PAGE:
Dr Atul Arora: As Howard pointed out, we have a very financially-challenged Trust on our doorstep and there is clearly an issue for us there. Where there has been some success in commissioning has only been in terms of peer pressure on GPs to reduce referrals. Unless we make major changes in service redesign in hospitals and reduce dependence on consultants, things will not improve. Since the NHS started, GPs have traditionally played the gatekeeper role, which has worked very well up to this point, but things have changed now.

Jon Ford: How do you get the resources out of the acute sector into your integrated setting? How do you design it? You have massive fixed costs in the acute setting, which are going to be there, and you are incurring running costs in the integrated setting. So, the transfer of those resources is the real issue, and I do not know how you can do that locally. Ultimately, it has to be something that is done strategically, because you have to shut vast swathes of your capacity, and you do not drive that as a CCG. You only used to drive it at the strategic level and I do not see how you are going to get round that problem.

The other point – and I think Candace again hit the nail on the head here – is that 60% of your costs, in some cases more than that, are staff costs. So, if you want to save £20 billion, it has to be staff, and you do not have that much capacity to alter staff because quite a lot of them are contracted out; they are part of PFIs, they are part of long-term contracts. You only have nurses and doctors and some therapists, at the end of the day.

The bottom line is that it has to be doctors who are made redundant, and we recently, in the last decade, hiked up medical school intake, to generate more.

Ken Aswani: If we were to put all the successful areas together, that in itself will make a significant change. For example, with dermatology, we have virtually 90% of our dermatology out in the community; it is a better service than it was before, and it is definitely much more cost-effective. If every CCG did that, that would be millions of pounds saved.

We can demonstrate that in a number of areas, and it is sustainable; we are actually continuing that.

What we found is that we went from GP-led clinics in the community to consultant-governed, where each clinic is governed by a consultant, and together they work out the best solutions. The ones that get it really do make a difference; they provide a better service at a reduced cost.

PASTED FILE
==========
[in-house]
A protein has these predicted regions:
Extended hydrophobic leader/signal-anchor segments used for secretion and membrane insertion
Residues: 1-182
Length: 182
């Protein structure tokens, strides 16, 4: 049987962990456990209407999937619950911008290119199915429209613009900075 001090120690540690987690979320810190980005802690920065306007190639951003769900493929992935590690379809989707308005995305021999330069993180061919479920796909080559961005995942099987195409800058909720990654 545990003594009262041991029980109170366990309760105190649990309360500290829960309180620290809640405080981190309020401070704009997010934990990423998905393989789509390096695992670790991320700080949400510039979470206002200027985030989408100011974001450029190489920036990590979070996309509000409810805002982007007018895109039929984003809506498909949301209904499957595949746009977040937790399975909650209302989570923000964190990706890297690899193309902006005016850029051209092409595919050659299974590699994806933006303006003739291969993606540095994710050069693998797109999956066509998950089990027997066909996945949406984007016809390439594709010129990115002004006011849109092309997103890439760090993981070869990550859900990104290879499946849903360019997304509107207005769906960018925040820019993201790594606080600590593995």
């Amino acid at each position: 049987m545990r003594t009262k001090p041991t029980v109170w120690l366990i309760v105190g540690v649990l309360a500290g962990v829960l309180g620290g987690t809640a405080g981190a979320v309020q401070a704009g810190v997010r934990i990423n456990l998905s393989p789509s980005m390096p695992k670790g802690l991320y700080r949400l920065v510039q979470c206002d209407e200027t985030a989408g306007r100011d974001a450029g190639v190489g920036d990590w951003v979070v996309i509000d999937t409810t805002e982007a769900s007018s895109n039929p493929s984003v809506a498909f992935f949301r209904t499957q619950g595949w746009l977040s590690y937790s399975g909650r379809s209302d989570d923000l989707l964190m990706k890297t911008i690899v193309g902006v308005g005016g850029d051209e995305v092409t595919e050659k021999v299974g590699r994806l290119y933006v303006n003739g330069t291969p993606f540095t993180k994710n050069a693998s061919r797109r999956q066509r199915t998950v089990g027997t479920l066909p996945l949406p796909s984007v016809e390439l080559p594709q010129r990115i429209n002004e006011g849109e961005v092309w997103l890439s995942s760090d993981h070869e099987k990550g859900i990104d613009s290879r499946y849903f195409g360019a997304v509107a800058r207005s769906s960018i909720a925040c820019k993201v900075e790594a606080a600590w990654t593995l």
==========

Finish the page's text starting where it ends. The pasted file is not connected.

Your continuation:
For example, for ENT, all the referrals are screened; the ones that can be managed by a GP are referred back to the GP to try six weeks of PPI or straightforward advice, and then refer. Again, that has hugely reduced the number of referrals, but the acute trust have accepted it because they were struggling to put on so many extra clinics.

Howard Stoate: I entirely agree with Ken that we can do redesign. We have done dermatology redesign and taken a lot of staff out. We have done cardiology re-design and taken staff out: fine. However, I do not think that we have the luxury of that because the problem is, I have looked at the figures for the next three to four years: South London Hospital Trust’s recovery plan is based entirely on increased income. I entirely agree with Joe; your trust does the same thing. Their entire future is based on getting more income. When you say, ‘Where from?’ they say, ‘Oh, repatriation from Guys and Kings. We are going to do this; we are going to do that.’ Their entire plan is based on Guys and Kings. That is their survival plan.

So we do not make these big changes, and the reason is we are blocked by politics. It is how we get beyond that and say, ‘If the GPs really are going to take control of the health service, does the government actually mean it?’ Does the government actually say to GPs, ‘GPs, do it’, or do they say, ‘GPs, we do not really want you to do it, what we want you to do is to go up there and try to explain to the public why you cannot have what you want, and if you fail, it is your fault’? That is the problem that we have. If we are not careful, yes, it is a risk, because we will not be allowed to do it.